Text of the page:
A guide to kickstart your next Capitol Tech Solutions Software Development Project
Everything you need to know about preparing a Scope of Work to get your next software development project underway
At Capitol Tech Solutions, we use a metaphor that compares software development projects to remodeling homes. Before hiring contractors, a person must consult existing architectural plans and bring the house up to code.
Software developers, like contractors, can give a rough cost estimate. Still, they can’t provide an accurate price tag until the architecture review is complete and the work template is defined.
Our Sacramento-based web design and software development teams need to understand the nature of work, your expectations, requirements, and the users who will benefit from the finished product.
You want to develop documentation when there’s enough benefit for you to do that. If there is a lot of contexts, you better document that so when you present it, you can get what you want
In this blog post, Capitol Tech Solutions will provide an in-depth overview of:
- What a Scope of Work, also known as a Statement of Work, entails
- Why you should have one before embarking on your next upgrade
- How to optimize your Scope of Work for the CTS software development team
What is a Scope of Work? Is it a Statement of Work?
A Scope of Work is a vital agreement that details objectives that prevent ambiguity and miscommunication during the design of your software development project. It also keeps you informed and reassured at every stage — from conceptualization to Go Live.
Scope of Work (SOW) or Statement of Work (SOW) outlines project management, tasks, deliverables, phases, milestones, schedule, payment, responsibilities, and more. In this article, SOW refers to Scope of Work.
The SOW should be the first document you create after gathering information about your operational needs, determining where you’d like to improve, and contracting a vendor to implement your ideas.
Why is an SOW Important?
An SOW provides a layer of detail that cost estimates and project plans don’t typically include, describing what will be a deliverable, what won’t be a deliverable, and in what amount of time.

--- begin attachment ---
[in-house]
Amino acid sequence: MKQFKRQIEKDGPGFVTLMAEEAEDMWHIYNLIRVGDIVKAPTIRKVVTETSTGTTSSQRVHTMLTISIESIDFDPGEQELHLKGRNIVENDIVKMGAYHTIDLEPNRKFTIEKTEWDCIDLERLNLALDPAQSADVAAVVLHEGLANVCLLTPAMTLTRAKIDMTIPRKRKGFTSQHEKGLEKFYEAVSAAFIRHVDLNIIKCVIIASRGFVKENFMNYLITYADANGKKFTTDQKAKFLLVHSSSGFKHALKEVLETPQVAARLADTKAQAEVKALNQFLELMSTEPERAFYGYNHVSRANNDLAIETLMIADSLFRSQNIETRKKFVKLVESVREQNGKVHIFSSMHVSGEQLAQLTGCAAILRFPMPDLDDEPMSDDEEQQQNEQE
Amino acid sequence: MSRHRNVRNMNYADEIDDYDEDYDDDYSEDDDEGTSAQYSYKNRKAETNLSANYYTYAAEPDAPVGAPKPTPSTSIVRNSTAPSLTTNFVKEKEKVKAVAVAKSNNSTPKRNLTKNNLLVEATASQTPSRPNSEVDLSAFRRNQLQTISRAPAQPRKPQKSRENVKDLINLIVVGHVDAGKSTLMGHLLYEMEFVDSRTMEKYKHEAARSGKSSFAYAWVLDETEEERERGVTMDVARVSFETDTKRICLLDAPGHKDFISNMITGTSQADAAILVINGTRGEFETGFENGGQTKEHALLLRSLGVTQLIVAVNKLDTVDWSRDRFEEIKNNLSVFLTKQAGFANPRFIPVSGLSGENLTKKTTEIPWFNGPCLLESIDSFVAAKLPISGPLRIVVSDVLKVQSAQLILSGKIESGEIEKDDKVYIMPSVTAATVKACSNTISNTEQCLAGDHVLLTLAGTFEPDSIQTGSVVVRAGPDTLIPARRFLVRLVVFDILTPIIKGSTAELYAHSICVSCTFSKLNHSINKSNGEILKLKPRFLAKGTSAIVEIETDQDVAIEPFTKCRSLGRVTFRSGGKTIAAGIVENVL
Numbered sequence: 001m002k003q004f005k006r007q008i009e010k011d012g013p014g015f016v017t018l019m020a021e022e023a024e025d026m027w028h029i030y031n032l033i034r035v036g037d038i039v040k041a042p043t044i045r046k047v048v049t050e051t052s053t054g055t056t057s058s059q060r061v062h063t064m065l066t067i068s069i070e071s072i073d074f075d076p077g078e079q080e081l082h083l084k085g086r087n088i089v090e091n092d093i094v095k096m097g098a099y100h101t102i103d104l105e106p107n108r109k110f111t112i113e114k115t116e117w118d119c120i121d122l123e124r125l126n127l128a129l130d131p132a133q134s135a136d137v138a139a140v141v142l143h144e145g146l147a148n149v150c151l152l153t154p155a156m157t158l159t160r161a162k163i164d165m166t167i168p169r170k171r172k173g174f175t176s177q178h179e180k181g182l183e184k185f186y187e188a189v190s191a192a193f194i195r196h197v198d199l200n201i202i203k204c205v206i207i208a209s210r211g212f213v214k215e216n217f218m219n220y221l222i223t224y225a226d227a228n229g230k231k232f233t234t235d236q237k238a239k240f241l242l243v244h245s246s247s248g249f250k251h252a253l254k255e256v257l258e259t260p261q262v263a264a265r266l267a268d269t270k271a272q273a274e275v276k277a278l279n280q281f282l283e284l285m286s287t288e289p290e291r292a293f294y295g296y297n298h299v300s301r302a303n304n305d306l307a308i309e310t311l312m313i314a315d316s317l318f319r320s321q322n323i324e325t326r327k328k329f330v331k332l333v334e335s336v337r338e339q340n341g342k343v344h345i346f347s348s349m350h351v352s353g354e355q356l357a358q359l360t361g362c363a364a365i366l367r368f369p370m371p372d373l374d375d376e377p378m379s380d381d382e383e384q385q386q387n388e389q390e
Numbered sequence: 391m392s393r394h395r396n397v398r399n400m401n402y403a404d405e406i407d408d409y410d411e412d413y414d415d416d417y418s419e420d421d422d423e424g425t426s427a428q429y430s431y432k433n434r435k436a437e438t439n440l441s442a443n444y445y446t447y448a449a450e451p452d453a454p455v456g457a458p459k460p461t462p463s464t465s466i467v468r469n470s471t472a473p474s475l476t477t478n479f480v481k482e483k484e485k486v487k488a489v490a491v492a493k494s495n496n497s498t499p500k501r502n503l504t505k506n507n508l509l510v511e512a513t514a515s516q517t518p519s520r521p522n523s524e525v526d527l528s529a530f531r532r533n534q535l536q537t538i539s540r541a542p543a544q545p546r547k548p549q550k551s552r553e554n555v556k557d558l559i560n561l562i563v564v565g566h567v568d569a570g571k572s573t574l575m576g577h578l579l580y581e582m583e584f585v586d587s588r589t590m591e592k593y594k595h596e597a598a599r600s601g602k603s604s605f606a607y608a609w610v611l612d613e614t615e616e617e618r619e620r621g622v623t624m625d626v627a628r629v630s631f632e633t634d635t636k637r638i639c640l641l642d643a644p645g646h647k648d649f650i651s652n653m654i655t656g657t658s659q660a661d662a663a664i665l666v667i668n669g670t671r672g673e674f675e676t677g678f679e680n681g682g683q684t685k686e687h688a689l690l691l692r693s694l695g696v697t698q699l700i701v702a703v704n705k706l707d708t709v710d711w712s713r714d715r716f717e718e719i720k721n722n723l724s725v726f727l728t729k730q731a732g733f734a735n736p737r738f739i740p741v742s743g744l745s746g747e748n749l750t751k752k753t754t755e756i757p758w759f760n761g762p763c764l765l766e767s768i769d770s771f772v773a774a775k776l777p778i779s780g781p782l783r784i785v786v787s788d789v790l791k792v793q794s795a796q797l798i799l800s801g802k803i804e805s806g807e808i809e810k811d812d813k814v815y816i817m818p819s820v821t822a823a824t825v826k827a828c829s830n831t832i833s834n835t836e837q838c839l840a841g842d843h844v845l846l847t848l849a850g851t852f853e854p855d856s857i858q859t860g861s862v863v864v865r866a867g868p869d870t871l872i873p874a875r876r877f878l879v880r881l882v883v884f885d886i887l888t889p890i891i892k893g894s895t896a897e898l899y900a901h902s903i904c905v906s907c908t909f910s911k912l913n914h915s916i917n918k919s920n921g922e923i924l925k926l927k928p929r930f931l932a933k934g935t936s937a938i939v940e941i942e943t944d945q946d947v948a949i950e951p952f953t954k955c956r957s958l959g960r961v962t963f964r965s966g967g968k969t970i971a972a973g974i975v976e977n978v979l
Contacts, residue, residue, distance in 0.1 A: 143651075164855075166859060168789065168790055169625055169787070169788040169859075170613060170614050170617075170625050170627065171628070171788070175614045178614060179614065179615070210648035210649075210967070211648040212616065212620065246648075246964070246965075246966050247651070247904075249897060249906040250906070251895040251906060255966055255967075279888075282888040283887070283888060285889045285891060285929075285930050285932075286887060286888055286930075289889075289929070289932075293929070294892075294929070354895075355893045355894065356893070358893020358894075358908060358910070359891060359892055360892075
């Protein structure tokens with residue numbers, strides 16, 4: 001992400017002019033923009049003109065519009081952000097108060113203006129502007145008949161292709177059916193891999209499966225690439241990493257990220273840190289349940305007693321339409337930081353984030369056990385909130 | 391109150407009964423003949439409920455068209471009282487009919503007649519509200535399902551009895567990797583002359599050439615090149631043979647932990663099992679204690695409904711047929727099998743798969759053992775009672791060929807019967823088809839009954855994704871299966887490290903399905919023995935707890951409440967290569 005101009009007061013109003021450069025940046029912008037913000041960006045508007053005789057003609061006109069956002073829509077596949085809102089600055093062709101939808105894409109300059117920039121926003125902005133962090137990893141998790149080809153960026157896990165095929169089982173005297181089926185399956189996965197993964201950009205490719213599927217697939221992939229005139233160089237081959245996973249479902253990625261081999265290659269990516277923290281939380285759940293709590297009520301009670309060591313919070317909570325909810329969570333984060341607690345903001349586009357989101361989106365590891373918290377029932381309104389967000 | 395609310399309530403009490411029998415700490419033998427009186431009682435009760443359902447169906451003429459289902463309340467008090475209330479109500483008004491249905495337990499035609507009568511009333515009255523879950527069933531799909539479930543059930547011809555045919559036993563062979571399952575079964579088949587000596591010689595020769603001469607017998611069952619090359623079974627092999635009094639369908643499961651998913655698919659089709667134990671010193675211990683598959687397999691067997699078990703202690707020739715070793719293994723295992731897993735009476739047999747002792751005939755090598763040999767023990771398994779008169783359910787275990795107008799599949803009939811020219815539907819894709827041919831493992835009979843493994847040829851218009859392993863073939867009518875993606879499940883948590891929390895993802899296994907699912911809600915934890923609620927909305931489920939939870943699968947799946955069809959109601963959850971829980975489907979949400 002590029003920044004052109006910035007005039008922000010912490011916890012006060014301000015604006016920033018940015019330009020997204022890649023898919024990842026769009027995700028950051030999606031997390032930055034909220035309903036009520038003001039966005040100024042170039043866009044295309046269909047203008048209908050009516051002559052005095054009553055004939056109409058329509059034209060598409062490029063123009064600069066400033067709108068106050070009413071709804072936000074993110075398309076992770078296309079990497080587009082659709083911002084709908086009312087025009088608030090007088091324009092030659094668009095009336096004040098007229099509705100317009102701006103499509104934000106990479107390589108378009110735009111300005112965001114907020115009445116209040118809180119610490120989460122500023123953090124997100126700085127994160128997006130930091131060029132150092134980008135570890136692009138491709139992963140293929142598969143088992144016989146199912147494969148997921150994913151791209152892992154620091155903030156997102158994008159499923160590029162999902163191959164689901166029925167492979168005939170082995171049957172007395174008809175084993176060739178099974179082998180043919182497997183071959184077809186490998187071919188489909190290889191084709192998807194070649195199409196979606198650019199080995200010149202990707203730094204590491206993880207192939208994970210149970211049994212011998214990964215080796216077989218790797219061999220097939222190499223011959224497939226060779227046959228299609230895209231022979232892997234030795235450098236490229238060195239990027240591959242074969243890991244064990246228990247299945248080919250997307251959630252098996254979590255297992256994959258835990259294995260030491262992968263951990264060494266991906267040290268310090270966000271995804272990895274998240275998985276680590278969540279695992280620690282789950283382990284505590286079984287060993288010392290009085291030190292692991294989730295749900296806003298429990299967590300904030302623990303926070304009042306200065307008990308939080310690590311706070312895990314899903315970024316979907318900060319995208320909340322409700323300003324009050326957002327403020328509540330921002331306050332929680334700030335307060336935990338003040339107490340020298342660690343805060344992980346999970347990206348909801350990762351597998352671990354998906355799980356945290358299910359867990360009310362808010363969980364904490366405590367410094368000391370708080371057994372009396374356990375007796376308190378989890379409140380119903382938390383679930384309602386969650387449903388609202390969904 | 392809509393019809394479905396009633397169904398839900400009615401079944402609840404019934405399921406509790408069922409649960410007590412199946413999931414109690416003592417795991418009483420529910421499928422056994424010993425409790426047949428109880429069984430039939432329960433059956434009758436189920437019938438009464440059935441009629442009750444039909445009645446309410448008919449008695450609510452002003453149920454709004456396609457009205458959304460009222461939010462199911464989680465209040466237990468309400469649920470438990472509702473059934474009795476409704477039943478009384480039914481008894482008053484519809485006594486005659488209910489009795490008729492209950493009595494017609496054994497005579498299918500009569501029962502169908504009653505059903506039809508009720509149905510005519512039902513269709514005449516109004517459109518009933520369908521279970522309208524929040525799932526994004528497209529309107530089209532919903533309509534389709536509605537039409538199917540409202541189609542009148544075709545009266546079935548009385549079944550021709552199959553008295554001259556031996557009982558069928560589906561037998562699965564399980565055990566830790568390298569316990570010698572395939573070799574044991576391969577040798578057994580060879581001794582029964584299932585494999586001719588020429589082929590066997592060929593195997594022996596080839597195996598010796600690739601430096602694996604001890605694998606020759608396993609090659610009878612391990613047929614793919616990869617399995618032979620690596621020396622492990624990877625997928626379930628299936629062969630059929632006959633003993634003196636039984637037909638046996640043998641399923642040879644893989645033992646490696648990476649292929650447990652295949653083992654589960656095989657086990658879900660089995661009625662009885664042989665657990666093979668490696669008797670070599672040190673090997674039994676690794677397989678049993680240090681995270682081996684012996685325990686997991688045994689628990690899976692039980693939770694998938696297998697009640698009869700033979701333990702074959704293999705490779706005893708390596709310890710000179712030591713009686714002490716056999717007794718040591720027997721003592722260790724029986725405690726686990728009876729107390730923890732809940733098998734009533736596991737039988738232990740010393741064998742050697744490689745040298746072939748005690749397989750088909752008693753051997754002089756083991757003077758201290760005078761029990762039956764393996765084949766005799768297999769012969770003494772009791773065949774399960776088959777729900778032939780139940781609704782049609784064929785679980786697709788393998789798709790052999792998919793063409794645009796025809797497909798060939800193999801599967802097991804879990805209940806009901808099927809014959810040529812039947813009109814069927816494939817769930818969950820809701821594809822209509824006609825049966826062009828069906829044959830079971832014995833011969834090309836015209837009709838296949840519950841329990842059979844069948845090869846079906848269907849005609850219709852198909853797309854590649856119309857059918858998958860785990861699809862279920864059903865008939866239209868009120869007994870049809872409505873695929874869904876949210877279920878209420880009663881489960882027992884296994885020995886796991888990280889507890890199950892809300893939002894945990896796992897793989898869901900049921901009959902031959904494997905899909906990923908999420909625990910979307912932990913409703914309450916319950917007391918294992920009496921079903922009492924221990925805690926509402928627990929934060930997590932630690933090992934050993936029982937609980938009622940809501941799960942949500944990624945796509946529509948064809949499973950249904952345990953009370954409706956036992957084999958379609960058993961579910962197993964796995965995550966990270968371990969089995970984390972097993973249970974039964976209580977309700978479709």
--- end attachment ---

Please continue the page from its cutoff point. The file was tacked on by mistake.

There is a considerable amount of work involved in creating an SOW. Still, it’ll serve as a good exercise in the project management process, allowing you to adjust your estimate, timeline and pin down proposed items from previous internal meetings and discussions.
The SOW documents will be the client (you) and Capitol Tech Solutions’ guidebook, determining what is in scope and out of scope for the project ahead — allowing you to track the performance and progress throughout the project.
The Capitol Tech Solutions’ Approach to Project Management
When software developers at CTS write an SOW for our clients, it entails:
- Scope of Work Statement
- User Types
- Workflows & Processes
- Databases Attributes
- UI Frameworks
- Software Requirements
- Future Phased Development
Let’s break down each of these components so you can optimize your SOWs for CTS:
An overview will explain your organization’s goals for an application, describing what’s already in place and how you want it to improve.
Here is where you identify the date and location of drafting the SOW to avoid any credibility concerns later, should they arise in the process.
Identify related project manager(s), business development manager(s), and give us an idea of your budget, including if there will be a contingency amount and an allocation for support and maintenance of the application after Go Live.
Scope of Work Statement